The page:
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Here's Why We're Wary Of Buying Richardson Electronics, Ltd.'s (NASDAQ:RELL) For Its Upcoming Dividend

Simply Wall St

Richardson Electronics, Ltd. (NASDAQ:RELL) is about to trade ex-dividend in the next 3 days. You can purchase shares before the 5th of February in order to receive the dividend, which the company will pay on the 27th of February.

Richardson Electronics's next dividend payment will be US$0.06 per share. Last year, in total, the company distributed US$0.24 to shareholders. Calculating the last year's worth of payments shows that Richardson Electronics has a trailing yield of 4.6% on the current share price of $5.27. Dividends are an important source of income to many shareholders, but the health of the business is crucial to maintaining those dividends. So we need to check whether the dividend payments are covered, and if earnings are growing.

Check out our latest analysis for Richardson Electronics

Dividends are typically paid out of company income, so if a company pays out more than it earned, its dividend is usually at a higher risk of being cut. Richardson Electronics's dividend is not well covered by earnings, as the company lost money last year. This is not a sustainable state of affairs, so it would be worth investigating if earnings are expected to recover. Considering the lack of profitability, we also need to check if the company generated enough cash flow to cover the dividend payment. If cash earnings don't cover the dividend, the company would have to pay dividends out of cash in the bank, or by borrowing money, neither of which is long-term sustainable.

Click here to see how much of its profit Richardson Electronics paid out over the last 12 months.

NasdaqGS:RELL Historical Dividend Yield, February 1st 2020

Have Earnings And Dividends Been Growing?

Stocks in companies that generate sustainable earnings growth often make the best dividend prospects, as it is easier to lift the dividend when earnings are rising. Investors love dividends, so if earnings fall and the dividend is reduced, expect a stock to be sold off heavily at the same time. Richardson Electronics was unprofitable last year, but at least the general trend suggests its earnings have been improving over the past five years. Even so, an unprofitable company whose business does not quickly recover is usually not a good candidate for dividend investors.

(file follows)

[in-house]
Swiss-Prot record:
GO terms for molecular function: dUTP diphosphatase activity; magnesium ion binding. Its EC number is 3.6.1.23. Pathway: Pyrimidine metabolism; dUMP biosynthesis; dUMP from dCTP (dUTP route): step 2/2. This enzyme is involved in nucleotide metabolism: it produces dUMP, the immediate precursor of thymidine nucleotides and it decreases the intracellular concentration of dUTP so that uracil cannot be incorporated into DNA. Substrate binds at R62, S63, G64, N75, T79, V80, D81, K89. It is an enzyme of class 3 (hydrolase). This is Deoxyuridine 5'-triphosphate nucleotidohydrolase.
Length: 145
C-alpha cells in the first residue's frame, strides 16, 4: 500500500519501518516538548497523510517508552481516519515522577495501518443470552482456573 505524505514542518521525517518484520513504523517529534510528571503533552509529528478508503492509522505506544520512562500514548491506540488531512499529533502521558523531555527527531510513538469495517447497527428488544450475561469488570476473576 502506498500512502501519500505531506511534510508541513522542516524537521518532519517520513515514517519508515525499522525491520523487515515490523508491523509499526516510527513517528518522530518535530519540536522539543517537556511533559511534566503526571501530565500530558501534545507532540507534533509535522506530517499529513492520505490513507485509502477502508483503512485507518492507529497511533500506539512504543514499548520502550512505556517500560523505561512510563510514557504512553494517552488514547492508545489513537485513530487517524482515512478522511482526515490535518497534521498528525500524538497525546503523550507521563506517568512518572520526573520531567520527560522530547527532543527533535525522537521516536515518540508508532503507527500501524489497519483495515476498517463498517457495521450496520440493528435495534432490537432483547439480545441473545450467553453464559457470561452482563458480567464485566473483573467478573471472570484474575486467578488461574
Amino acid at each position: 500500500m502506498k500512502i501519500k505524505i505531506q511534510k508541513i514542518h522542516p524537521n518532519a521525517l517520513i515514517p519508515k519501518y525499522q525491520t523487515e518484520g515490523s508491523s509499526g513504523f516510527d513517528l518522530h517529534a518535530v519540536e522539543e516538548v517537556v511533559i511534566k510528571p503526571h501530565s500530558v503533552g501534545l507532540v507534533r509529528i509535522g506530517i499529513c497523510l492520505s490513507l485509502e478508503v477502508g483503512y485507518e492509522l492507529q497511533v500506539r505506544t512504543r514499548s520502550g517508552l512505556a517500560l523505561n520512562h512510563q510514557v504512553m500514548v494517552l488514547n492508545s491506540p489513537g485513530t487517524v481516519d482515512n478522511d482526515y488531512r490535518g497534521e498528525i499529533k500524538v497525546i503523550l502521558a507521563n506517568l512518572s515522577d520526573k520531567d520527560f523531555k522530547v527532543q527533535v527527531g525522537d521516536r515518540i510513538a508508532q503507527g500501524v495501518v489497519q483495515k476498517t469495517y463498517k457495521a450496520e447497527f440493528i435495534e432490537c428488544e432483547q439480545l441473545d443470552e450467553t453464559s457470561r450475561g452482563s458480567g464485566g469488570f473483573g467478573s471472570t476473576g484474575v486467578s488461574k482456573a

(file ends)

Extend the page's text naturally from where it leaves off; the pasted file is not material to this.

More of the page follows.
Another key way to measure a company's dividend prospects is by measuring its historical rate of dividend growth. In the past ten years, Richardson Electronics has increased its dividend at approximately 12% a year on average. Both per-share earnings and dividends have both been growing rapidly in recent times, which is great to see.

Remember, you can always get a snapshot of Richardson Electronics's financial health, by checking our visualisation of its financial health, here.

Final Takeaway

From a dividend perspective, should investors buy or avoid Richardson Electronics? We're a bit uncomfortable with it paying a dividend while being loss-making, especially given that the dividend was not well covered by free cash flow. Bottom line: Richardson Electronics has some unfortunate characteristics that we think could lead to sub-optimal outcomes for dividend investors.

Want to learn more about Richardson Electronics? Here's a visualisation of its historical rate of revenue and earnings growth.

We wouldn't recommend just buying the first dividend stock you see, though. Here's a list of interesting dividend stocks with a greater than 2% yield and an upcoming dividend.

If you spot an error that warrants correction, please contact the editor at editorial-team@simplywallst.com. This article by Simply Wall St is general in nature. It does not constitute a recommendation to buy or sell any stock, and does not take account of your objectives, or your financial situation. Simply Wall St has no position in the stocks mentioned.

We aim to bring you long-term focused research analysis driven by fundamental data. Note that our analysis may not factor in the latest price-sensitive company announcements or qualitative material. Thank you for reading.